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venerdì 22 nov 2019
HomeCommentLegal ops, once exclusive to in-house legal departments, now moves to outside firms

Legal ops, once exclusive to in-house legal departments, now moves to outside firms

Legal ops, once exclusive to in-house legal departments, now moves to outside firms

Just when you’ve got your department to hire legal operations professionals, along comes a new trend. Bloomberg Law, as part of its “Bloomberg Law 2020” series, says that the discipline is spreading to law firms as part of their portfolio of services, both for themselves and their clients.

The idea of legal ops is pretty well establish in in-house legal departments, says Bloomberg. In fact, the 2019 Bloomberg Law Legal Operations & Technology Survey found that 95 percent of corporate respondents have a legal operations function. But here’s something new: The same survey found that 87 percent of law firm respondents have a legal operations function. And the news service said that icreased attention from industry groups, shifting law firm messaging around innovation, and demands from clients all suggest that law firm legal operations adoption will continue to increase throughout 2020.

Why is this happening? It hasn’t been without controversy. When the Corporate Legal Operations Consortium (CLOC) announced at its annual meeting in May 2019 that it was opening its doors to law firms, protests were heard. But a press release a couple of months later cited the demand for law firms to show their corporate clients efficient delivery methods and the increased investment by firms in legal operations staff and technology as reasons for the change.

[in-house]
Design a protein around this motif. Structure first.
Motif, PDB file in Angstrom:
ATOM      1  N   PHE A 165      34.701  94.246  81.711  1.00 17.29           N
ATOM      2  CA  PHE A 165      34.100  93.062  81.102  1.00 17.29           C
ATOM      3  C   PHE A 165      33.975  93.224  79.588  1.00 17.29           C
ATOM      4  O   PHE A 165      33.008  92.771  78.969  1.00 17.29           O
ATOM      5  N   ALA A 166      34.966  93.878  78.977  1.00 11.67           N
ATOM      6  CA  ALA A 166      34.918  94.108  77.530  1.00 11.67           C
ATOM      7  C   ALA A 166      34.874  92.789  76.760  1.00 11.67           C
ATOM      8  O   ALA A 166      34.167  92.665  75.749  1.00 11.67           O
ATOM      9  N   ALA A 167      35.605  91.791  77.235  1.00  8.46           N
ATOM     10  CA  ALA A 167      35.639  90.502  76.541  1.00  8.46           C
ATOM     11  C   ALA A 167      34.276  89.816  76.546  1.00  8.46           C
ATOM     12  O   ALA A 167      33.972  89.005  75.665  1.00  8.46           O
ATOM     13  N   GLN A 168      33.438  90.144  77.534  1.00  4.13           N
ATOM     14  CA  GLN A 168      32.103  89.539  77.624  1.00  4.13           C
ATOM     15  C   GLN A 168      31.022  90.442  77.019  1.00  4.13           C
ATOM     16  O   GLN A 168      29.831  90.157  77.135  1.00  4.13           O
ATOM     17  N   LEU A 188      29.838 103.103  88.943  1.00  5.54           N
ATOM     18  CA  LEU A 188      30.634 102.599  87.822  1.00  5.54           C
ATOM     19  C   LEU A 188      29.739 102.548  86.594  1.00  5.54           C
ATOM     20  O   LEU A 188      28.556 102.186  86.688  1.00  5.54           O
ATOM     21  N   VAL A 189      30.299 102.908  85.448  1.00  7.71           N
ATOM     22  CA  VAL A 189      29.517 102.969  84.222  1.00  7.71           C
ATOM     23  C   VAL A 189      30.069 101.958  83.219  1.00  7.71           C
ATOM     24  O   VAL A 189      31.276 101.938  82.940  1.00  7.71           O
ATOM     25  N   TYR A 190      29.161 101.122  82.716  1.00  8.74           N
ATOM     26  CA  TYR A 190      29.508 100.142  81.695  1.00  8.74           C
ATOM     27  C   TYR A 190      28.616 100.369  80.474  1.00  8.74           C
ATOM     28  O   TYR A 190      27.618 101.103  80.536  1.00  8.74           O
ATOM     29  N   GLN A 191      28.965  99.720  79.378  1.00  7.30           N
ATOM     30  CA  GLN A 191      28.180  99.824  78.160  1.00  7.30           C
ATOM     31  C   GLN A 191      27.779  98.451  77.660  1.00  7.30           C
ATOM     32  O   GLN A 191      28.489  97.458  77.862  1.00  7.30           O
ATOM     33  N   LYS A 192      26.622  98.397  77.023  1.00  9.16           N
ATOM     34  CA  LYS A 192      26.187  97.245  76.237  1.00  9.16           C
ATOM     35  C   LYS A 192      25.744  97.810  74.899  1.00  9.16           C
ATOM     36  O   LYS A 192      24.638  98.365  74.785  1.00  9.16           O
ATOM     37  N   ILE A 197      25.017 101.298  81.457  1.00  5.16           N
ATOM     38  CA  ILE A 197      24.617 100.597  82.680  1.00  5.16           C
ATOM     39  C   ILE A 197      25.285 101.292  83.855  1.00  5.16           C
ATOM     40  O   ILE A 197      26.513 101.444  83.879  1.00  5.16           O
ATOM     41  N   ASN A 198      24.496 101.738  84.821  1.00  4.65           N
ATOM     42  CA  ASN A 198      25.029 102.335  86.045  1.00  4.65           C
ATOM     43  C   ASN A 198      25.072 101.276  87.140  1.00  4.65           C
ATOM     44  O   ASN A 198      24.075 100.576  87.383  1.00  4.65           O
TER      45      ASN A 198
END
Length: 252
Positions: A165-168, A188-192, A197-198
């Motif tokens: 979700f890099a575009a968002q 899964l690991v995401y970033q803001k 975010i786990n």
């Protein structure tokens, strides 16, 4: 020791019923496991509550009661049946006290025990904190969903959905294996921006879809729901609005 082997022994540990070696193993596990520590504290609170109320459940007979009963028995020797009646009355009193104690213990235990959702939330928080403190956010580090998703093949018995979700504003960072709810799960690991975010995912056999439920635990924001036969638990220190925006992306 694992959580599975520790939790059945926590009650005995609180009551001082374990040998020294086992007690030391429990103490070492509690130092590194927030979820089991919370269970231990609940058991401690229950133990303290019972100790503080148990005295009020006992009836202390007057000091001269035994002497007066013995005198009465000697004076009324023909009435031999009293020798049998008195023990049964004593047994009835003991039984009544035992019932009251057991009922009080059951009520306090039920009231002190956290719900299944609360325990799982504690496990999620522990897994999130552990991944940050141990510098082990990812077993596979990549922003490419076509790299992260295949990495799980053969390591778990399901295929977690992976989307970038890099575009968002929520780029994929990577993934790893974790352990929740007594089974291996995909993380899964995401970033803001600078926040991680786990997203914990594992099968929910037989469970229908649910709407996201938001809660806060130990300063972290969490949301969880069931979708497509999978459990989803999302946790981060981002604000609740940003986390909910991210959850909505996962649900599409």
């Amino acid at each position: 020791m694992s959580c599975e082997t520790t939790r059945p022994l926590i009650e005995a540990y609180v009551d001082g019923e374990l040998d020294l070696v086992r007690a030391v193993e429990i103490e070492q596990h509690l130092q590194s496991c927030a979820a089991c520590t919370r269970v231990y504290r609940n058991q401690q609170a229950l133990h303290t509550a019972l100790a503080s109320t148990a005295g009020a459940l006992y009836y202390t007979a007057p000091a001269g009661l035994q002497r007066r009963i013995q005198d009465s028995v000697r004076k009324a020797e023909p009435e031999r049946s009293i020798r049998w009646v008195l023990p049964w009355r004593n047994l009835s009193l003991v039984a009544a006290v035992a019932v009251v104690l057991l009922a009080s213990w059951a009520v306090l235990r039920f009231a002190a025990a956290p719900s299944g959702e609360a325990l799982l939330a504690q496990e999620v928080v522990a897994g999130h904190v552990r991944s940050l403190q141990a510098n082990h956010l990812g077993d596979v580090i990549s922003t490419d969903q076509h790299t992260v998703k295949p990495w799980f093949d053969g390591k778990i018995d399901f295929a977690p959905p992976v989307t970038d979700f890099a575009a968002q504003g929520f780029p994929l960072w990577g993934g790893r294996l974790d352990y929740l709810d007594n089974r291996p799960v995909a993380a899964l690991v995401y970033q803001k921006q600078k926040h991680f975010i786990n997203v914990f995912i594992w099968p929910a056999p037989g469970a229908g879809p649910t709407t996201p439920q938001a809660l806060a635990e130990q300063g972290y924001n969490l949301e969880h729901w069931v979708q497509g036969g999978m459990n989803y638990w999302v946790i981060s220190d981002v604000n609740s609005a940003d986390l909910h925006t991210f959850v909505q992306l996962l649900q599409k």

Law firms have been hiring out of the traditional in-house talent pool. Earlier this year, Baker McKenzie promoted David Cambria to chief services officer. Cambria joined Baker McKenzie in 2018 as the firm’s first global director of legal operations. Bloomberg’s report said that the promotion sends a clear message to the firm and to the firm’s clients: the legal operations discipline is important, as is finding innovative ways to integrate it into the business.

Law firms have one particular need for ops professionals. Clients are demanding alternative billing arrangements, and it’s taken years for the firms to figure out how to do it. Hiring ops people will help them through this transition.

 

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